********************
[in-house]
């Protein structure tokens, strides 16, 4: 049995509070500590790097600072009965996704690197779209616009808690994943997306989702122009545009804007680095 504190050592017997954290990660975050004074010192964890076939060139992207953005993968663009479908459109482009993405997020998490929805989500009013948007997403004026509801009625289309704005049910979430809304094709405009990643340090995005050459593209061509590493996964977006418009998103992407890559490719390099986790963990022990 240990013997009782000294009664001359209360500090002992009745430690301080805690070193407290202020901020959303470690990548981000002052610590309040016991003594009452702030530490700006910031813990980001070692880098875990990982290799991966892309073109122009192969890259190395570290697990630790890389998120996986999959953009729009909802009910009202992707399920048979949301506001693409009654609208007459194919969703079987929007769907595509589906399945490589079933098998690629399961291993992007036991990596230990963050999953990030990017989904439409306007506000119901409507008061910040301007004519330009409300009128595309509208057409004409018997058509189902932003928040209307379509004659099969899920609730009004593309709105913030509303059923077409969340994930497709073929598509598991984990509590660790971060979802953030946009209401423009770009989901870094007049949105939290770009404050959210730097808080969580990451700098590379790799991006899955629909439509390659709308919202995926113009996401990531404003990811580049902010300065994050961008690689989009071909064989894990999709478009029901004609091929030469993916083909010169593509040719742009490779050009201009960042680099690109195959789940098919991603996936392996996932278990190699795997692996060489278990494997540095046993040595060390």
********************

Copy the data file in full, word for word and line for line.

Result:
[in-house]
């Protein structure tokens, strides 16, 4: 049995509070500590790097600072009965996704690197779209616009808690994943997306989702122009545009804007680095 504190050592017997954290990660975050004074010192964890076939060139992207953005993968663009479908459109482009993405997020998490929805989500009013948007997403004026509801009625289309704005049910979430809304094709405009990643340090995005050459593209061509590493996964977006418009998103992407890559490719390099986790963990022990 240990013997009782000294009664001359209360500090002992009745430690301080805690070193407290202020901020959303470690990548981000002052610590309040016991003594009452702030530490700006910031813990980001070692880098875990990982290799991966892309073109122009192969890259190395570290697990630790890389998120996986999959953009729009909802009910009202992707399920048979949301506001693409009654609208007459194919969703079987929007769907595509589906399945490589079933098998690629399961291993992007036991990596230990963050999953990030990017989904439409306007506000119901409507008061910040301007004519330009409300009128595309509208057409004409018997058509189902932003928040209307379509004659099969899920609730009004593309709105913030509303059923077409969340994930497709073929598509598991984990509590660790971060979802953030946009209401423009770009989901870094007049949105939290770009404050959210730097808080969580990451700098590379790799991006899955629909439509390659709308919202995926113009996401990531404003990811580049902010300065994050961008690689989009071909064989894990999709478009029901004609091929030469993916083909010169593509040719742009490779050009201009960042680099690109195959789940098919991603996936392996996932278990190699795997692996060489278990494997540095046993040595060390």